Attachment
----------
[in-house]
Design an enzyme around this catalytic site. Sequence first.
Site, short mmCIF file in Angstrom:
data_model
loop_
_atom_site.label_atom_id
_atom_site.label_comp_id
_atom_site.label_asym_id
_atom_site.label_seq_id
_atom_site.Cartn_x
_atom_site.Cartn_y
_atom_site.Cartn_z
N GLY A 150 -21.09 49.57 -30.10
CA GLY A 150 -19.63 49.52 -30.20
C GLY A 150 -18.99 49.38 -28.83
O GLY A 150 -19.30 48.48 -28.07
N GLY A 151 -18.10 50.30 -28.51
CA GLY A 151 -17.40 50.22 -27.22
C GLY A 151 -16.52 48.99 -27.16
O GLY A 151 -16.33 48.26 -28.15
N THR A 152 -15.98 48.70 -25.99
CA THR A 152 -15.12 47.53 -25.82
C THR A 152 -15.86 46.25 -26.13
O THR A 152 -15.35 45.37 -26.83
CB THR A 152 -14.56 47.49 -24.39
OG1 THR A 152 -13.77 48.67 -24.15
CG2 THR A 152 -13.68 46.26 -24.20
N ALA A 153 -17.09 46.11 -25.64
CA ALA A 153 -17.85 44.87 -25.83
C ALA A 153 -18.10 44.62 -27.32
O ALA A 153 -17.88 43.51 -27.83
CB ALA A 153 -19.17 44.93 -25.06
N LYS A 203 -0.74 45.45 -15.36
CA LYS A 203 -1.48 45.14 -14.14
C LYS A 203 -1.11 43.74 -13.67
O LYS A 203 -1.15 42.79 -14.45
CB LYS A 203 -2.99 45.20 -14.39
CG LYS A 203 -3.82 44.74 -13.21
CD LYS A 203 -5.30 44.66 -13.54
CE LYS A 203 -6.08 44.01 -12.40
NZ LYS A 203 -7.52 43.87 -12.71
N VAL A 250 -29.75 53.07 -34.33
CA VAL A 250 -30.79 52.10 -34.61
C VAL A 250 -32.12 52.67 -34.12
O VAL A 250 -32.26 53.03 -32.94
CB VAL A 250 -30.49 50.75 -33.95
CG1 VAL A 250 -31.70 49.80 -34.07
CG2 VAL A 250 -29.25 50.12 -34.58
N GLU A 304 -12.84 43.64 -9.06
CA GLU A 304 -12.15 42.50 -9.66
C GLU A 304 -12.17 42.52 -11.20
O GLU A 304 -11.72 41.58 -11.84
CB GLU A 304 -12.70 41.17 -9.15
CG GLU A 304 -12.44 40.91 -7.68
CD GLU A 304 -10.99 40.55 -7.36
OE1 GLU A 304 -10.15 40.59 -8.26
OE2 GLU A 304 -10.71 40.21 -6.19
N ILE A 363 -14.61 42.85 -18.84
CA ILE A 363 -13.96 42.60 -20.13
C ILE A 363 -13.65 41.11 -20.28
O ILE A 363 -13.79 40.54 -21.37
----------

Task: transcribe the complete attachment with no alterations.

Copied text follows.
[in-house]
Design an enzyme around this catalytic site. Sequence first.
Site, short mmCIF file in Angstrom:
data_model
loop_
_atom_site.label_atom_id
_atom_site.label_comp_id
_atom_site.label_asym_id
_atom_site.label_seq_id
_atom_site.Cartn_x
_atom_site.Cartn_y
_atom_site.Cartn_z
N GLY A 150 -21.09 49.57 -30.10
CA GLY A 150 -19.63 49.52 -30.20
C GLY A 150 -18.99 49.38 -28.83
O GLY A 150 -19.30 48.48 -28.07
N GLY A 151 -18.10 50.30 -28.51
CA GLY A 151 -17.40 50.22 -27.22
C GLY A 151 -16.52 48.99 -27.16
O GLY A 151 -16.33 48.26 -28.15
N THR A 152 -15.98 48.70 -25.99
CA THR A 152 -15.12 47.53 -25.82
C THR A 152 -15.86 46.25 -26.13
O THR A 152 -15.35 45.37 -26.83
CB THR A 152 -14.56 47.49 -24.39
OG1 THR A 152 -13.77 48.67 -24.15
CG2 THR A 152 -13.68 46.26 -24.20
N ALA A 153 -17.09 46.11 -25.64
CA ALA A 153 -17.85 44.87 -25.83
C ALA A 153 -18.10 44.62 -27.32
O ALA A 153 -17.88 43.51 -27.83
CB ALA A 153 -19.17 44.93 -25.06
N LYS A 203 -0.74 45.45 -15.36
CA LYS A 203 -1.48 45.14 -14.14
C LYS A 203 -1.11 43.74 -13.67
O LYS A 203 -1.15 42.79 -14.45
CB LYS A 203 -2.99 45.20 -14.39
CG LYS A 203 -3.82 44.74 -13.21
CD LYS A 203 -5.30 44.66 -13.54
CE LYS A 203 -6.08 44.01 -12.40
NZ LYS A 203 -7.52 43.87 -12.71
N VAL A 250 -29.75 53.07 -34.33
CA VAL A 250 -30.79 52.10 -34.61
C VAL A 250 -32.12 52.67 -34.12
O VAL A 250 -32.26 53.03 -32.94
CB VAL A 250 -30.49 50.75 -33.95
CG1 VAL A 250 -31.70 49.80 -34.07
CG2 VAL A 250 -29.25 50.12 -34.58
N GLU A 304 -12.84 43.64 -9.06
CA GLU A 304 -12.15 42.50 -9.66
C GLU A 304 -12.17 42.52 -11.20
O GLU A 304 -11.72 41.58 -11.84
CB GLU A 304 -12.70 41.17 -9.15
CG GLU A 304 -12.44 40.91 -7.68
CD GLU A 304 -10.99 40.55 -7.36
OE1 GLU A 304 -10.15 40.59 -8.26
OE2 GLU A 304 -10.71 40.21 -6.19
N ILE A 363 -14.61 42.85 -18.84
CA ILE A 363 -13.96 42.60 -20.13
C ILE A 363 -13.65 41.11 -20.28
O ILE A 363 -13.79 40.54 -21.37